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Max Herridge is a photographer based in London, UK, currently studying for a BA in Photography from University of the Arts London. Max identifies as non-binary and has self-diagnosed anxiety. In Surface Max’s work focuses on anxiety and how reality can be experienced.
You’re a current University of the Arts London Photography student — what is it that attracted you to photography to begin with?
My relationship with photography has changed a lot since buying my first DSLR four years ago. Photography was definitely a hobby to begin with; it wasn’t until about 18 months ago that I realised the power of the photographic image and how it can be used to make a statement. I began taking portraits of my friends and became excited by photography as a way to create interesting aesthetics and things that seemed almost surreal. When I started university, I decided it was time to start making more work for myself, rather than my Instagram audience, and use the creative freedom I have to express my thoughts, feelings and beliefs.
How did your project Surface come about?
It was part of a university assignment in which we were asked to create work under the title of ‘Image and Reality’. My interpretation of this was to explore the way in which people perceive reality differently. I considered how my own anxiety affects the way in which I experience the world and decided to confront the task of creating a visual to demonstrate an issue that is, for the most part, invisible. The Fragmentary site was very helpful in my research for the project as it was great to see what had already been achieved in mental health photographic practice.
What was your reasoning behind asking your Tumblr followers to respond with their own visual descriptions of mental health? Did it influence how you created the images for Surface?
I had put out a post to my 40,000+ Tumblr followers a long time ago, regarding a different project about mental illness that never came to fruition and decided to use this resource again to get a variety of different interpretations of anxieties, outside of my own experience. The responses I received described anxiety as a visual and one theme was apparent in many of the replies: water. The associations between anxiety and water varied greatly with some describing it for its destructive properties of drowning and flooding, whilst others viewed it as calming and relaxing. My own experience of water in relation to anxiety links to the latter idea, as a bottle of water and the movements of its contents calm me when its most needed. The piece of work exists as three sets of three images that begin at a broad landscape and finish on a macro shot of something that appears in the middle image, illustrating how things may intensify as anxiety arises.
Has photography changed your relationship with anxiety at all? Does it provide respite or further understanding of your experience?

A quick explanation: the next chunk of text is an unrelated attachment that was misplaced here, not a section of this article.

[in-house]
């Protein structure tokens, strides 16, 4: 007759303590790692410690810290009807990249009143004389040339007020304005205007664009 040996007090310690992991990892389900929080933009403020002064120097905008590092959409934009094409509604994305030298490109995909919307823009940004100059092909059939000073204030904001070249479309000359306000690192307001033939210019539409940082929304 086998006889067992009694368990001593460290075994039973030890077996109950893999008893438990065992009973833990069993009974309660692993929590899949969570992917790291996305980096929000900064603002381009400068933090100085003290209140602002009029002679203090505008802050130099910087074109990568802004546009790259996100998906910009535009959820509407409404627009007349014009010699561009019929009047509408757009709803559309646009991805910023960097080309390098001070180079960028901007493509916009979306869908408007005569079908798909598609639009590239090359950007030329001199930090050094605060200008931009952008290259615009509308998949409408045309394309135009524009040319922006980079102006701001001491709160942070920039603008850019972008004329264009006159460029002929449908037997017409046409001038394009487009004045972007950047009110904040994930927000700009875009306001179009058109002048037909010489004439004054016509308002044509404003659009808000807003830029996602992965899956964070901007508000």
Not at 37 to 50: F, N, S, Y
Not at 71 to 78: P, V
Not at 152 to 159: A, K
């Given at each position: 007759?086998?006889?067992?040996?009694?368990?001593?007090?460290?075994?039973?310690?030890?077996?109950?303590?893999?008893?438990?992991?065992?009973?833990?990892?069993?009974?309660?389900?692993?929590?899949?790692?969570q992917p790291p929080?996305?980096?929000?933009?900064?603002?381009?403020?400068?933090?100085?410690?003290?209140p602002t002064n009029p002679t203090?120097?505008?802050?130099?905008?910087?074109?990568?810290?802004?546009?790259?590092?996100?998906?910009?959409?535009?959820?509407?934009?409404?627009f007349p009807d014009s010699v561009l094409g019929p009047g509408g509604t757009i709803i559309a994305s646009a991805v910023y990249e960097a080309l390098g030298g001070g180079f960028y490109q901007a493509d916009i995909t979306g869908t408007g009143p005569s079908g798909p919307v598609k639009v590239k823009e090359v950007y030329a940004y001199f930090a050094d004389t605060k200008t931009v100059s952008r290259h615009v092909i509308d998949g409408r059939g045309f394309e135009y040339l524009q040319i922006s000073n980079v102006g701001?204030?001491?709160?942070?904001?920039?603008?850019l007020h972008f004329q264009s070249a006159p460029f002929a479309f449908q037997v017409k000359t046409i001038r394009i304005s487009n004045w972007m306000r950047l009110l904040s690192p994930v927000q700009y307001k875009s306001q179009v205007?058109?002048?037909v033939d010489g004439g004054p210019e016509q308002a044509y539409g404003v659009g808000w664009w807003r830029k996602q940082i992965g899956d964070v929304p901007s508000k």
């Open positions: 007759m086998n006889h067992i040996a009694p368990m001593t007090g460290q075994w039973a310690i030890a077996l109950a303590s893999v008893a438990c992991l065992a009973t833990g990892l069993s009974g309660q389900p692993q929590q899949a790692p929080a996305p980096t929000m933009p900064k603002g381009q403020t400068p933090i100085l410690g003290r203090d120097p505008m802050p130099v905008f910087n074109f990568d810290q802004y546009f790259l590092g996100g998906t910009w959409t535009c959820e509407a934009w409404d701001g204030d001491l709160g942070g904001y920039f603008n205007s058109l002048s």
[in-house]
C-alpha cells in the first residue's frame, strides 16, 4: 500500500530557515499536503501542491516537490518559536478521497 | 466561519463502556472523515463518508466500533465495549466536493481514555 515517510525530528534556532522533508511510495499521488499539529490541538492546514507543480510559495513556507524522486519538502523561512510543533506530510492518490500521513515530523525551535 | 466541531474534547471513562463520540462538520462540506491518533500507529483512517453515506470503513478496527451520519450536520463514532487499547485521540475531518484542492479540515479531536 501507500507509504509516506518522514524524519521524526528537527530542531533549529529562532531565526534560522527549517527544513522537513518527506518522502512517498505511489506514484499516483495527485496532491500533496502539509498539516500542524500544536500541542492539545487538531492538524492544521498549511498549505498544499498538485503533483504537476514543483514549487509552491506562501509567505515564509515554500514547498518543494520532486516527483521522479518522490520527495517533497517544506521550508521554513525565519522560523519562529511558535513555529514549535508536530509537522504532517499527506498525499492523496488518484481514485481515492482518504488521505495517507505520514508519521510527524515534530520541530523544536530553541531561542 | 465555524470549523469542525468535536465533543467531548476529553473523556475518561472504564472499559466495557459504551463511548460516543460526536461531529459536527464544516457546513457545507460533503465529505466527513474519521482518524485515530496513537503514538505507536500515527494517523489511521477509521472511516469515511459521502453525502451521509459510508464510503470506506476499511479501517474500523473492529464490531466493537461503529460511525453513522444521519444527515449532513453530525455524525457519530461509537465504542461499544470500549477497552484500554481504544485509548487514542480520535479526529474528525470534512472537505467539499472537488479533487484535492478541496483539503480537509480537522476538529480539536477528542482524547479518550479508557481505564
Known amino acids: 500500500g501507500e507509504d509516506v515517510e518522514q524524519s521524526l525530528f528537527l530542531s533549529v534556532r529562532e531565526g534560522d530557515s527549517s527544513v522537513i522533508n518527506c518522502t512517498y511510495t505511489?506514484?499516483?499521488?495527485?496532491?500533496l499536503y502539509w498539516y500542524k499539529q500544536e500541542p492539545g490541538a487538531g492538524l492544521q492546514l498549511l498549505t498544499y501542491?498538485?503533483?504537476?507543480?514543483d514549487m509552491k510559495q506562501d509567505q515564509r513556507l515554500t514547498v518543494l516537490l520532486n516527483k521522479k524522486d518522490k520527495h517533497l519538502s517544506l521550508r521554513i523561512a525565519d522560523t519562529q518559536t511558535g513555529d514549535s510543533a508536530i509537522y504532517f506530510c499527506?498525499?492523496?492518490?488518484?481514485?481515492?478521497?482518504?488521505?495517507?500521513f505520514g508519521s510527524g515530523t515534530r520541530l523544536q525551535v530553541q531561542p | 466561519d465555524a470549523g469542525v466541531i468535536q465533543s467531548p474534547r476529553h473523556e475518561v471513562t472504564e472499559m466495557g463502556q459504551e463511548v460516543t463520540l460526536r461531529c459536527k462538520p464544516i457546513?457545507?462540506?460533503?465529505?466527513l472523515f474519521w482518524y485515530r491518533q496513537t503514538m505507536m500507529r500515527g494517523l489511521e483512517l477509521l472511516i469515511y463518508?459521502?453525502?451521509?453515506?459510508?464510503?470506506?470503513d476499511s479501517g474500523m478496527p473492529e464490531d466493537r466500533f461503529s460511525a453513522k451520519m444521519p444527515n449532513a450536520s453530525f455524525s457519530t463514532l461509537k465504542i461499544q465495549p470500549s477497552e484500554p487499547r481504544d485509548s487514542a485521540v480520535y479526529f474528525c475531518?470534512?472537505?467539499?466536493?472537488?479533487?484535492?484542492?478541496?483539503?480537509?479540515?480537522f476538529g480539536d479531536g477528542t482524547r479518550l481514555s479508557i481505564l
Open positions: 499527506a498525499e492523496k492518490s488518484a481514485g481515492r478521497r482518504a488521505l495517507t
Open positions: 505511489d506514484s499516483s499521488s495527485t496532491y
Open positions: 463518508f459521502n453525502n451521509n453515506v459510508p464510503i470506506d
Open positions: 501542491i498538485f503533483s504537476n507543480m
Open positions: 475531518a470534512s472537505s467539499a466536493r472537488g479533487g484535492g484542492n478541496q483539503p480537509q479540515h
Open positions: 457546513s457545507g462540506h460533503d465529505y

This project certainly helped me to look at my anxiety more objectively. Presenting the work to my tutor group at university, not only in the final presentation but also in the weekly progress meetings, was an anxious experience for me and certainly helped me to overcome some of the anxiety I had about talking in front of members of my course. In this sense, it provided a kind of opportunity to triumph and also contributed to understanding my experience, which in itself provides me with some respite.
How do you see your work developing? Are there any themes you would like to continue working with throughout your degree?
At the moment, I am working regularly for an online music magazine photographing live concerts and gigs, which is something that I never saw myself doing, so at this point, I am open to my work developing in any direction. I am comfortable enough within my practice to take on anything that is thrown my way. In my university work, I look to move away from documentary, clean styles of photography, which I have always been attracted to as a comfort, and dive into more abstract and interpretative practices. Since moving to London, I have become more politically interested in things such as feminism, LGBTQIA+ rights, equal rights and the environment. These are all themes that I would love to get across in my future work. I am interested in making work that can mean something to someone and that can tell a story rather than work that is just visually interesting.
What are you working on next?
My next university brief is focused on creating a book about anything that you are passionate about. I have not finalised my concept yet, but I am toying with the idea of creating a piece of work surrounding a theory of the soul that my partner and I have. It follows how the soul is present in a physical body and where it may manifest in different people. I am excited to be in a city with so much opportunity for young creatives and am striving to put myself out there in the creative industry.